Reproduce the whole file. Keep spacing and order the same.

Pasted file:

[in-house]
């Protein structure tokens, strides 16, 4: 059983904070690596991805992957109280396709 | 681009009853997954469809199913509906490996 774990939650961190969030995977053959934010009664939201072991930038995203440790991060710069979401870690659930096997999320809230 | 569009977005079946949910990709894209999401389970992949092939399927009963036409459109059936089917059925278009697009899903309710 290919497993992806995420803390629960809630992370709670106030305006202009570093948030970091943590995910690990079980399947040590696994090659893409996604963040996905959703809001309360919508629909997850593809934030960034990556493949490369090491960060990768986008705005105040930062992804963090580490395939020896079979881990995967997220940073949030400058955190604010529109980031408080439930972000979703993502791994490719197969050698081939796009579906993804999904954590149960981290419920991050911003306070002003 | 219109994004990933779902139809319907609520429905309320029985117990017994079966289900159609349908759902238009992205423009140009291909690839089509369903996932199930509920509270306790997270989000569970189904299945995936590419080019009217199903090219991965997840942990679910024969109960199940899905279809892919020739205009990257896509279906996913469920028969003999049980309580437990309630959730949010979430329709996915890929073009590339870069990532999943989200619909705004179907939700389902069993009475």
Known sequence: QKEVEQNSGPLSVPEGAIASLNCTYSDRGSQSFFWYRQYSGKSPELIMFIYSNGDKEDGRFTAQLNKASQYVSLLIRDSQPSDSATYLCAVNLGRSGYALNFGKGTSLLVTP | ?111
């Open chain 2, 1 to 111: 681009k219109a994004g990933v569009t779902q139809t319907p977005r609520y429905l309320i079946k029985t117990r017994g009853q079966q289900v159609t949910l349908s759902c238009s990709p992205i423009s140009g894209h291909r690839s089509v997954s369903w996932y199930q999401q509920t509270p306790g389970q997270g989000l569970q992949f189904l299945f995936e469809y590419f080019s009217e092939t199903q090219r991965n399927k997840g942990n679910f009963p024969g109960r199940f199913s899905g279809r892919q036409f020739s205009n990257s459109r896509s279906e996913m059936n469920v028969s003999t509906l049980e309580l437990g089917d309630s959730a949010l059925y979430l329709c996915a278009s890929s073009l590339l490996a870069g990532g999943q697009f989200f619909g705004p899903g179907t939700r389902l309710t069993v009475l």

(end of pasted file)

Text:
[in-house]
């Protein structure tokens, strides 16, 4: 059983904070690596991805992957109280396709 | 681009009853997954469809199913509906490996 774990939650961190969030995977053959934010009664939201072991930038995203440790991060710069979401870690659930096997999320809230 | 569009977005079946949910990709894209999401389970992949092939399927009963036409459109059936089917059925278009697009899903309710 290919497993992806995420803390629960809630992370709670106030305006202009570093948030970091943590995910690990079980399947040590696994090659893409996604963040996905959703809001309360919508629909997850593809934030960034990556493949490369090491960060990768986008705005105040930062992804963090580490395939020896079979881990995967997220940073949030400058955190604010529109980031408080439930972000979703993502791994490719197969050698081939796009579906993804999904954590149960981290419920991050911003306070002003 | 219109994004990933779902139809319907609520429905309320029985117990017994079966289900159609349908759902238009992205423009140009291909690839089509369903996932199930509920509270306790997270989000569970189904299945995936590419080019009217199903090219991965997840942990679910024969109960199940899905279809892919020739205009990257896509279906996913469920028969003999049980309580437990309630959730949010979430329709996915890929073009590339870069990532999943989200619909705004179907939700389902069993009475």
Known sequence: QKEVEQNSGPLSVPEGAIASLNCTYSDRGSQSFFWYRQYSGKSPELIMFIYSNGDKEDGRFTAQLNKASQYVSLLIRDSQPSDSATYLCAVNLGRSGYALNFGKGTSLLVTP | ?111
């Open chain 2, 1 to 111: 681009k219109a994004g990933v569009t779902q139809t319907p977005r609520y429905l309320i079946k029985t117990r017994g009853q079966q289900v159609t949910l349908s759902c238009s990709p992205i423009s140009g894209h291909r690839s089509v997954s369903w996932y199930q999401q509920t509270p306790g389970q997270g989000l569970q992949f189904l299945f995936e469809y590419f080019s009217e092939t199903q090219r991965n399927k997840g942990n679910f009963p024969g109960r199940f199913s899905g279809r892919q036409f020739s205009n990257s459109r896509s279906e996913m059936n469920v028969s003999t509906l049980e309580l437990g089917d309630s959730a949010l059925y979430l329709c996915a278009s890929s073009l590339l490996a870069g990532g999943q697009f989200f619909g705004p899903g179907t939700r389902l309710t069993v009475l």